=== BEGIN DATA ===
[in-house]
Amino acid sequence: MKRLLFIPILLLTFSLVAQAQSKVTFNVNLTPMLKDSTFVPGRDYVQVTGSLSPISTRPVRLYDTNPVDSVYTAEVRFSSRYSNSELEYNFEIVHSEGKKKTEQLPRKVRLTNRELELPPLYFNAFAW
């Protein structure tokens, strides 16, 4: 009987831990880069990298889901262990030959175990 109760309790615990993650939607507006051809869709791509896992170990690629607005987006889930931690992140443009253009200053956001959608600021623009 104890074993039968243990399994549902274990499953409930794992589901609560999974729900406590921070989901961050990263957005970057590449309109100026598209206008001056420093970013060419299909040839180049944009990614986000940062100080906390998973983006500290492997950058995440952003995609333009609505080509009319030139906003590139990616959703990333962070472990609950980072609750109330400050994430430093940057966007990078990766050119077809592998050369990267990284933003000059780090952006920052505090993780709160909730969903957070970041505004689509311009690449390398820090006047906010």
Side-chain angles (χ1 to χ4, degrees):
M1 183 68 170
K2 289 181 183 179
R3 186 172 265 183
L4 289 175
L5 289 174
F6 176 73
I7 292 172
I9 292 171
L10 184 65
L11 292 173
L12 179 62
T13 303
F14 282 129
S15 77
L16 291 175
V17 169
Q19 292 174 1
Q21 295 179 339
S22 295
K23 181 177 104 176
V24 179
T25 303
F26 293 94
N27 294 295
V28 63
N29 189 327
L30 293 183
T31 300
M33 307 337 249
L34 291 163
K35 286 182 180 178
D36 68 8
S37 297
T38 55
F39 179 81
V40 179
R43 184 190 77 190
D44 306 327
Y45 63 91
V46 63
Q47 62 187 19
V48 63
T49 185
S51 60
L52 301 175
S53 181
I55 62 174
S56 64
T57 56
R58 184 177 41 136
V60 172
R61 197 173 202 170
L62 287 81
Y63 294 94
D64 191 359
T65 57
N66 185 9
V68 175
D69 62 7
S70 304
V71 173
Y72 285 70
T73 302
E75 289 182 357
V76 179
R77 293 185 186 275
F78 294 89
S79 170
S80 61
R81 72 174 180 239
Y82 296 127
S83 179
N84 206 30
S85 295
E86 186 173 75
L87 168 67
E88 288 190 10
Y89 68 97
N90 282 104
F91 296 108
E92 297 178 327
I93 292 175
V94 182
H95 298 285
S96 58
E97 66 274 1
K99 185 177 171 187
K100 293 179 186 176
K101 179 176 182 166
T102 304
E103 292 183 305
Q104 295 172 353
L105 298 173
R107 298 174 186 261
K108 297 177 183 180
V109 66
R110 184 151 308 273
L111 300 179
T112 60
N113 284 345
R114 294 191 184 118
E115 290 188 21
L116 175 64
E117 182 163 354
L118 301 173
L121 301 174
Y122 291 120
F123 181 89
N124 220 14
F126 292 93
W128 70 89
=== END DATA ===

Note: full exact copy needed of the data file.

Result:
[in-house]
Amino acid sequence: MKRLLFIPILLLTFSLVAQAQSKVTFNVNLTPMLKDSTFVPGRDYVQVTGSLSPISTRPVRLYDTNPVDSVYTAEVRFSSRYSNSELEYNFEIVHSEGKKKTEQLPRKVRLTNRELELPPLYFNAFAW
């Protein structure tokens, strides 16, 4: 009987831990880069990298889901262990030959175990 109760309790615990993650939607507006051809869709791509896992170990690629607005987006889930931690992140443009253009200053956001959608600021623009 104890074993039968243990399994549902274990499953409930794992589901609560999974729900406590921070989901961050990263957005970057590449309109100026598209206008001056420093970013060419299909040839180049944009990614986000940062100080906390998973983006500290492997950058995440952003995609333009609505080509009319030139906003590139990616959703990333962070472990609950980072609750109330400050994430430093940057966007990078990766050119077809592998050369990267990284933003000059780090952006920052505090993780709160909730969903957070970041505004689509311009690449390398820090006047906010």
Side-chain angles (χ1 to χ4, degrees):
M1 183 68 170
K2 289 181 183 179
R3 186 172 265 183
L4 289 175
L5 289 174
F6 176 73
I7 292 172
I9 292 171
L10 184 65
L11 292 173
L12 179 62
T13 303
F14 282 129
S15 77
L16 291 175
V17 169
Q19 292 174 1
Q21 295 179 339
S22 295
K23 181 177 104 176
V24 179
T25 303
F26 293 94
N27 294 295
V28 63
N29 189 327
L30 293 183
T31 300
M33 307 337 249
L34 291 163
K35 286 182 180 178
D36 68 8
S37 297
T38 55
F39 179 81
V40 179
R43 184 190 77 190
D44 306 327
Y45 63 91
V46 63
Q47 62 187 19
V48 63
T49 185
S51 60
L52 301 175
S53 181
I55 62 174
S56 64
T57 56
R58 184 177 41 136
V60 172
R61 197 173 202 170
L62 287 81
Y63 294 94
D64 191 359
T65 57
N66 185 9
V68 175
D69 62 7
S70 304
V71 173
Y72 285 70
T73 302
E75 289 182 357
V76 179
R77 293 185 186 275
F78 294 89
S79 170
S80 61
R81 72 174 180 239
Y82 296 127
S83 179
N84 206 30
S85 295
E86 186 173 75
L87 168 67
E88 288 190 10
Y89 68 97
N90 282 104
F91 296 108
E92 297 178 327
I93 292 175
V94 182
H95 298 285
S96 58
E97 66 274 1
K99 185 177 171 187
K100 293 179 186 176
K101 179 176 182 166
T102 304
E103 292 183 305
Q104 295 172 353
L105 298 173
R107 298 174 186 261
K108 297 177 183 180
V109 66
R110 184 151 308 273
L111 300 179
T112 60
N113 284 345
R114 294 191 184 118
E115 290 188 21
L116 175 64
E117 182 163 354
L118 301 173
L121 301 174
Y122 291 120
F123 181 89
N124 220 14
F126 292 93
W128 70 89